Alzheimer’s disease and Parkinson’s disease are not the same. They affect different regions of the brain and have distinct genetic and environmental risk factors.
But at the biochemical level, these two neurodegenerative diseases start to look similar. That’s how Emory scientists led by Keqiang Ye, PhD, landed on a potential drug target for Parkinson’s.
In both Alzheimer’s (AD) and Parkinson’s (PD), a sticky and sometimes toxic protein forms clumps in brain cells. In AD, the troublemaker inside cells is called tau, making up neurofibrillary tangles. In PD, the sticky protein is alpha-synuclein, forming Lewy bodies. Here is a thorough review of alpha-synuclein’s role in Parkinson’s disease.
Ye and his colleagues had previously identified an enzyme (asparagine endopeptidase or AEP) that trims tau in a way that makes it both more sticky and more toxic. In addition, they have found that AEP similarly processes beta-amyloid, another bad actor in Alzheimer’s, and drugs that inhibit AEP have beneficial effects in Alzheimer’s animal models.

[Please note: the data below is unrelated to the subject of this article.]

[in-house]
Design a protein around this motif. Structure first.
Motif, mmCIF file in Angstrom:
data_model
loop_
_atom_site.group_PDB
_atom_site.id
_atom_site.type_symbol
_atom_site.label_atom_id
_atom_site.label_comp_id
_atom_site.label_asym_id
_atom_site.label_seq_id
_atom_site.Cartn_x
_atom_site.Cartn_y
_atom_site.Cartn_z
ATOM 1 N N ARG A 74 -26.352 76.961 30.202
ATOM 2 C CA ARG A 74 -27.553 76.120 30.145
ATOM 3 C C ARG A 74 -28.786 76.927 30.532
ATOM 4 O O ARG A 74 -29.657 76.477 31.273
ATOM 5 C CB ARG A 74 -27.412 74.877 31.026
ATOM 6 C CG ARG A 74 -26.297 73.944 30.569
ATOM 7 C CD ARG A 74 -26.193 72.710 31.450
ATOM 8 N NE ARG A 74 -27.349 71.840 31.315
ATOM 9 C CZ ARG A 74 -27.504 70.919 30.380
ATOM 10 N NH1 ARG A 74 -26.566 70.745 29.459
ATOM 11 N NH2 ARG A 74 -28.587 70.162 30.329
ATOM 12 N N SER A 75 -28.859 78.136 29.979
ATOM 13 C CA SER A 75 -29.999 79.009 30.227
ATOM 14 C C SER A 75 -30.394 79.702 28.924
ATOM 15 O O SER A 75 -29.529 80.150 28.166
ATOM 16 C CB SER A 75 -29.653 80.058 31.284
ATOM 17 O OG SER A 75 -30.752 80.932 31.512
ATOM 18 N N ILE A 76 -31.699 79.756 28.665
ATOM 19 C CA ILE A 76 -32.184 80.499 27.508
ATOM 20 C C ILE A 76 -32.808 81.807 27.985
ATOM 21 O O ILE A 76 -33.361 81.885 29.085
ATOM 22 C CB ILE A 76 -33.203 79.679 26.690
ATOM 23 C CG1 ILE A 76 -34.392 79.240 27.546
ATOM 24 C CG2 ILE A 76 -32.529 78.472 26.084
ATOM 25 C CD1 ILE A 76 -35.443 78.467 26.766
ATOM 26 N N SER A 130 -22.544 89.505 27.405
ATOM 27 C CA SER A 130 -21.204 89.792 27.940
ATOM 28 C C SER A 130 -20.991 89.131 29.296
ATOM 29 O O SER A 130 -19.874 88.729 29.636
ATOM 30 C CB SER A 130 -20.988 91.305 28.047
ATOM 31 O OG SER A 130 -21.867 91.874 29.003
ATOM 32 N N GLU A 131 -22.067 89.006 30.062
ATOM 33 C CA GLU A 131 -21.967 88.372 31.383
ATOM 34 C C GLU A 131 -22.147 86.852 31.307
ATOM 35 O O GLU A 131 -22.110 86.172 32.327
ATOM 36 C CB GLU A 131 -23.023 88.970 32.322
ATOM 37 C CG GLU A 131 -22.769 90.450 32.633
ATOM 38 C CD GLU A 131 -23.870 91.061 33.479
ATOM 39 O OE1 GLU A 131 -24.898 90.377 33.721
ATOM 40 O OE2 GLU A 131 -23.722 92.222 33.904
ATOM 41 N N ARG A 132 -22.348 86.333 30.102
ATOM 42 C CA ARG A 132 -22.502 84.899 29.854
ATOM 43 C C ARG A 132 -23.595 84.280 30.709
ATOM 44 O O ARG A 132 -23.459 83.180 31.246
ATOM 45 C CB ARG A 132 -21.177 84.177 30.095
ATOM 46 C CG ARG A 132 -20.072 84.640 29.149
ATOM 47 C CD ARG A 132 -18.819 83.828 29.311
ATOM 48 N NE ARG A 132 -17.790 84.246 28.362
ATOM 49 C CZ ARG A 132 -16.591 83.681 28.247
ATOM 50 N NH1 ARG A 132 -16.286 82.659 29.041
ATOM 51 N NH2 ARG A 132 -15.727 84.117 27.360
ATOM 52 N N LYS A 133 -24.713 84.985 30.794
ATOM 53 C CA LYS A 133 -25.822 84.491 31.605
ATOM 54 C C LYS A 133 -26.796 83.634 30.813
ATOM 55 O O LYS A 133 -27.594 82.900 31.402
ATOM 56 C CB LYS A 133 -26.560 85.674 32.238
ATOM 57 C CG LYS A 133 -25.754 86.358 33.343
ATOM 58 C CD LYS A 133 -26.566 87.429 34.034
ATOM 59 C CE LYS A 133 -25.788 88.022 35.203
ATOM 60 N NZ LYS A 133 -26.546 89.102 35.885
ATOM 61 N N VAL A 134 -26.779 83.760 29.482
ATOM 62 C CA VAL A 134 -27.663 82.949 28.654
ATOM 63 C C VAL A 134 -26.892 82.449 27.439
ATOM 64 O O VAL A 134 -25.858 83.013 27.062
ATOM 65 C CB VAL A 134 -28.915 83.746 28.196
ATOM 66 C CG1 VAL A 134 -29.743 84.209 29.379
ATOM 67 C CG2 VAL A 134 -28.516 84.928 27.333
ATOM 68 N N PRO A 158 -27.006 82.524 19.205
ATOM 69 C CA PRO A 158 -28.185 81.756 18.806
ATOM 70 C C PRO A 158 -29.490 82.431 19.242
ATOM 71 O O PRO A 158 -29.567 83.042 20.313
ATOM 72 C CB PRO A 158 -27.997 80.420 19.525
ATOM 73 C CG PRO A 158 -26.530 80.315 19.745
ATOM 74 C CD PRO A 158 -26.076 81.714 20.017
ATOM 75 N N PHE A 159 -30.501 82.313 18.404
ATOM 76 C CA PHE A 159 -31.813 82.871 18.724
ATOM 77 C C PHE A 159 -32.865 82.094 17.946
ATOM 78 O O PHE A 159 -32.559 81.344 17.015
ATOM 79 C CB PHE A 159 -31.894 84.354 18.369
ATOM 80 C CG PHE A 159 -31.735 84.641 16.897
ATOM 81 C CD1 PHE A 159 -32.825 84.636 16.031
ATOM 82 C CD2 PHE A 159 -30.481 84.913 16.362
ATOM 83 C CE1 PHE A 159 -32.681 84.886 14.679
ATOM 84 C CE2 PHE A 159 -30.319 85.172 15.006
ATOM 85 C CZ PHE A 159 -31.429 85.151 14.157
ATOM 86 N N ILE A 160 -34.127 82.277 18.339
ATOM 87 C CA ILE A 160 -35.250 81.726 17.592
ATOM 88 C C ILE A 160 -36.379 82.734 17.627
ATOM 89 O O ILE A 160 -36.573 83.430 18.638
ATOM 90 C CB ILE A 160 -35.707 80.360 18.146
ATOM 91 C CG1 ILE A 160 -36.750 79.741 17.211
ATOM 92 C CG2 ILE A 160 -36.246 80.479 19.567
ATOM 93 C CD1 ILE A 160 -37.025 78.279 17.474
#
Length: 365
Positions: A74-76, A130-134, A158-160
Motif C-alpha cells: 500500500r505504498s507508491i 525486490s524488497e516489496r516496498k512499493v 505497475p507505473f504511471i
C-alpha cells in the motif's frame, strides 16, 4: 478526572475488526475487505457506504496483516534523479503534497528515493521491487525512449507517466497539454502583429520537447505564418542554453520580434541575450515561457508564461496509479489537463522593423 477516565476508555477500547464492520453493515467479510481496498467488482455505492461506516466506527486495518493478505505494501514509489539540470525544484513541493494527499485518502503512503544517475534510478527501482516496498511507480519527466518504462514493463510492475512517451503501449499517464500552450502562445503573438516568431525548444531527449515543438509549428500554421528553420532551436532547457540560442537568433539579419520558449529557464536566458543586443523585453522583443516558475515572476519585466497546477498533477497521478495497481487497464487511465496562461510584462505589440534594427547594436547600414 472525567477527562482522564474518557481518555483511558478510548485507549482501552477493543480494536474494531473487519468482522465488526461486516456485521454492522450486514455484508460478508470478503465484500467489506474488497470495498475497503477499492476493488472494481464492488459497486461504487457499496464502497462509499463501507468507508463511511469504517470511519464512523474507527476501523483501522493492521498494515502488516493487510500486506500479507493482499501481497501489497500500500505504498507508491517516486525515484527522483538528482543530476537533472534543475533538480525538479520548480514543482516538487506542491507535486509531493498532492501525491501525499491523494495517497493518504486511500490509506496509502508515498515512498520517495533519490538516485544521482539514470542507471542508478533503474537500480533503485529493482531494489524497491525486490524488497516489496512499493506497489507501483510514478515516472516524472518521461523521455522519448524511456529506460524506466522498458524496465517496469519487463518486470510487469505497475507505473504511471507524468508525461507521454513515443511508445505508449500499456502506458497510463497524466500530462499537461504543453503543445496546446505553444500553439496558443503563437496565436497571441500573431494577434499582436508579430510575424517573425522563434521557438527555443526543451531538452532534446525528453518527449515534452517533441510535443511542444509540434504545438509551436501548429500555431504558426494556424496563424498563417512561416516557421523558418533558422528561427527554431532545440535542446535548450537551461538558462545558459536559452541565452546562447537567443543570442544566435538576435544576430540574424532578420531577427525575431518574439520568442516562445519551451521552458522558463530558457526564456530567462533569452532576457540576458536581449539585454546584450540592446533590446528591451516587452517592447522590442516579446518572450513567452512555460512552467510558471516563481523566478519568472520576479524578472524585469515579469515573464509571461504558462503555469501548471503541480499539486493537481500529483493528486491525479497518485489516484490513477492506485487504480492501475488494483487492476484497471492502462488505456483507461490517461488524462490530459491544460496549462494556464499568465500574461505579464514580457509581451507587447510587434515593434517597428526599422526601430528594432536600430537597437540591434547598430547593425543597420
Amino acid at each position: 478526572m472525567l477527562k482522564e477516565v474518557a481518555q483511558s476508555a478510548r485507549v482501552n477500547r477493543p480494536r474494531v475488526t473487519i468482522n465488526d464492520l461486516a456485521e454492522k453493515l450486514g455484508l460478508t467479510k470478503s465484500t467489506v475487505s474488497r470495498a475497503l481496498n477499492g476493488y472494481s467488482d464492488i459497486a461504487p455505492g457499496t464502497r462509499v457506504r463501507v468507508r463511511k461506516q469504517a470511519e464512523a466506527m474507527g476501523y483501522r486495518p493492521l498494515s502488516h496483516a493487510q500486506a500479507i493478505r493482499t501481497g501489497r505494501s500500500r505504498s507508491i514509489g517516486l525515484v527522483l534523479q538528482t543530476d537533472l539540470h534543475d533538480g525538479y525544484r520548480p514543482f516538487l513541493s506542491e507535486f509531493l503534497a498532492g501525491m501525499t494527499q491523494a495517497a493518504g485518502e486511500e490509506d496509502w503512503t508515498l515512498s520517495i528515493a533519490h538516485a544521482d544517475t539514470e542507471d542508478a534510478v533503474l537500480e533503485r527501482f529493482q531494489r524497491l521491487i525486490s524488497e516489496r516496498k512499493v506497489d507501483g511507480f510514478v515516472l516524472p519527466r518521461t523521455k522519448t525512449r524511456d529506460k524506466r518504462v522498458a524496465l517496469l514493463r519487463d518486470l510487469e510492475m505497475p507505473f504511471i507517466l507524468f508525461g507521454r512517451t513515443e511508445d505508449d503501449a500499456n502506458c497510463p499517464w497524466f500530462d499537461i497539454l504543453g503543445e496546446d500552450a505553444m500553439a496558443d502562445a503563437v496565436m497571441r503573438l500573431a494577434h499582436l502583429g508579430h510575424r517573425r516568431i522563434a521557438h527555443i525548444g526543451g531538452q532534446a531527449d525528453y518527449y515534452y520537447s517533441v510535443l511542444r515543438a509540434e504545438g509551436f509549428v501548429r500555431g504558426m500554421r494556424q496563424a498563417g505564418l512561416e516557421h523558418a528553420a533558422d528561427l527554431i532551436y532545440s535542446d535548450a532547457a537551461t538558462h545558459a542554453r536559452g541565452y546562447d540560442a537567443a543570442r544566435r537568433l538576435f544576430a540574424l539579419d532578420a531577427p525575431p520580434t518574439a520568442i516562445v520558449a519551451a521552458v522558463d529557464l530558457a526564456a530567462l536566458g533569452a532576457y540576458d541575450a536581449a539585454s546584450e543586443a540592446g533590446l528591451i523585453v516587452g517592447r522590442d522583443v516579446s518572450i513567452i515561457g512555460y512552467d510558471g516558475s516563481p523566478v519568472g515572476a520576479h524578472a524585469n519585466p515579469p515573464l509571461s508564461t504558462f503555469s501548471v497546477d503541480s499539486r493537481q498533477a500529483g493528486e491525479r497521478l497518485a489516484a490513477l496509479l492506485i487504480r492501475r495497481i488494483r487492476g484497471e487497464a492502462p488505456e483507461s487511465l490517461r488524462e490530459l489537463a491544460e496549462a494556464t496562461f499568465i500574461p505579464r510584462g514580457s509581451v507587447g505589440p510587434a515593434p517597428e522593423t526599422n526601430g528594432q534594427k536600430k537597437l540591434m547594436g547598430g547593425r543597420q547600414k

In a new Nature Structural and Molecular Biology paper, Emory researchers show that AEP acts in the same way toward alpha-synuclein as it does toward tau.
“In Parkinson’s, alpha-synuclein behaves much like Tau in Alzheimer’s,” Ye says. “We reasoned that if AEP cuts Tau, it’s very likely that it will cut alpha-synuclein too.”
A particular chunk of alpha-synuclein produced by AEP’s scissors can be found in samples of brain tissue from patients with PD, but not in control samples, Ye’s team found.
In control brain samples AEP was confined to lysosomes, parts of the cell with a garbage disposal function. But in PD samples, AEP was leaking out of the lysosomes to the rest of the cell.
The researchers also observed that the chunk of alpha-synuclein generated by AEP is more likely to aggregate into clumps than the full length protein, and is more toxic when introduced into cells or mouse brains. In addition, alpha-synuclein mutated so that AEP can’t cut it is less toxic. Read more